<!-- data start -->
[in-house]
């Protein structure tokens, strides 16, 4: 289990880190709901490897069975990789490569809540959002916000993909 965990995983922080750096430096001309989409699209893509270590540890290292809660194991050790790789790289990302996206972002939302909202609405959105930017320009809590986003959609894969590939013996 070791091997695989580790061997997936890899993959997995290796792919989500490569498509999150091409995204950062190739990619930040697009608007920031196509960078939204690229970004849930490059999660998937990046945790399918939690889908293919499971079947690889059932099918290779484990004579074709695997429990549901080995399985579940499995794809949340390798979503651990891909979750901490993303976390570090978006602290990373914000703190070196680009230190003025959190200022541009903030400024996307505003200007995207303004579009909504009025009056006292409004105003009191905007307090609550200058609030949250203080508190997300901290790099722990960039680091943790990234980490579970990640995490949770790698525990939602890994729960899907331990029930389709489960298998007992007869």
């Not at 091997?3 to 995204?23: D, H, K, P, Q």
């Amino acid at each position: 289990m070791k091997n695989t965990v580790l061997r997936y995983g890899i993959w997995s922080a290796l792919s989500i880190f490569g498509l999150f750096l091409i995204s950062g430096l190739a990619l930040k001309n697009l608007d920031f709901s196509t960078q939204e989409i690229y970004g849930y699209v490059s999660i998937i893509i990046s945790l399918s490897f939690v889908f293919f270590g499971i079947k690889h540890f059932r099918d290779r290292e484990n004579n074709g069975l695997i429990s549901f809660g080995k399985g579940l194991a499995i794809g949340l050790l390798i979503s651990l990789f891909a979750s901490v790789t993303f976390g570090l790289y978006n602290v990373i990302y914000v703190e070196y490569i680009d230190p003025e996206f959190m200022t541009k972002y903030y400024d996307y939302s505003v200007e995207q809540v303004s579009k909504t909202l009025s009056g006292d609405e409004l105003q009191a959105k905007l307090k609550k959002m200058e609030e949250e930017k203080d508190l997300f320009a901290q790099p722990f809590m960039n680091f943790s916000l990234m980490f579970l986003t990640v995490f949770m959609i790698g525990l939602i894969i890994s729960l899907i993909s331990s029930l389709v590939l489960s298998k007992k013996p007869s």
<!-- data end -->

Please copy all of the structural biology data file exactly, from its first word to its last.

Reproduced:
[in-house]
């Protein structure tokens, strides 16, 4: 289990880190709901490897069975990789490569809540959002916000993909 965990995983922080750096430096001309989409699209893509270590540890290292809660194991050790790789790289990302996206972002939302909202609405959105930017320009809590986003959609894969590939013996 070791091997695989580790061997997936890899993959997995290796792919989500490569498509999150091409995204950062190739990619930040697009608007920031196509960078939204690229970004849930490059999660998937990046945790399918939690889908293919499971079947690889059932099918290779484990004579074709695997429990549901080995399985579940499995794809949340390798979503651990891909979750901490993303976390570090978006602290990373914000703190070196680009230190003025959190200022541009903030400024996307505003200007995207303004579009909504009025009056006292409004105003009191905007307090609550200058609030949250203080508190997300901290790099722990960039680091943790990234980490579970990640995490949770790698525990939602890994729960899907331990029930389709489960298998007992007869």
């Not at 091997?3 to 995204?23: D, H, K, P, Q």
């Amino acid at each position: 289990m070791k091997n695989t965990v580790l061997r997936y995983g890899i993959w997995s922080a290796l792919s989500i880190f490569g498509l999150f750096l091409i995204s950062g430096l190739a990619l930040k001309n697009l608007d920031f709901s196509t960078q939204e989409i690229y970004g849930y699209v490059s999660i998937i893509i990046s945790l399918s490897f939690v889908f293919f270590g499971i079947k690889h540890f059932r099918d290779r290292e484990n004579n074709g069975l695997i429990s549901f809660g080995k399985g579940l194991a499995i794809g949340l050790l390798i979503s651990l990789f891909a979750s901490v790789t993303f976390g570090l790289y978006n602290v990373i990302y914000v703190e070196y490569i680009d230190p003025e996206f959190m200022t541009k972002y903030y400024d996307y939302s505003v200007e995207q809540v303004s579009k909504t909202l009025s009056g006292d609405e409004l105003q009191a959105k905007l307090k609550k959002m200058e609030e949250e930017k203080d508190l997300f320009a901290q790099p722990f809590m960039n680091f943790s916000l990234m980490f579970l986003t990640v995490f949770m959609i790698g525990l939602i894969i890994s729960l899907i993909s331990s029930l389709v590939l489960s298998k007992k013996p007869s």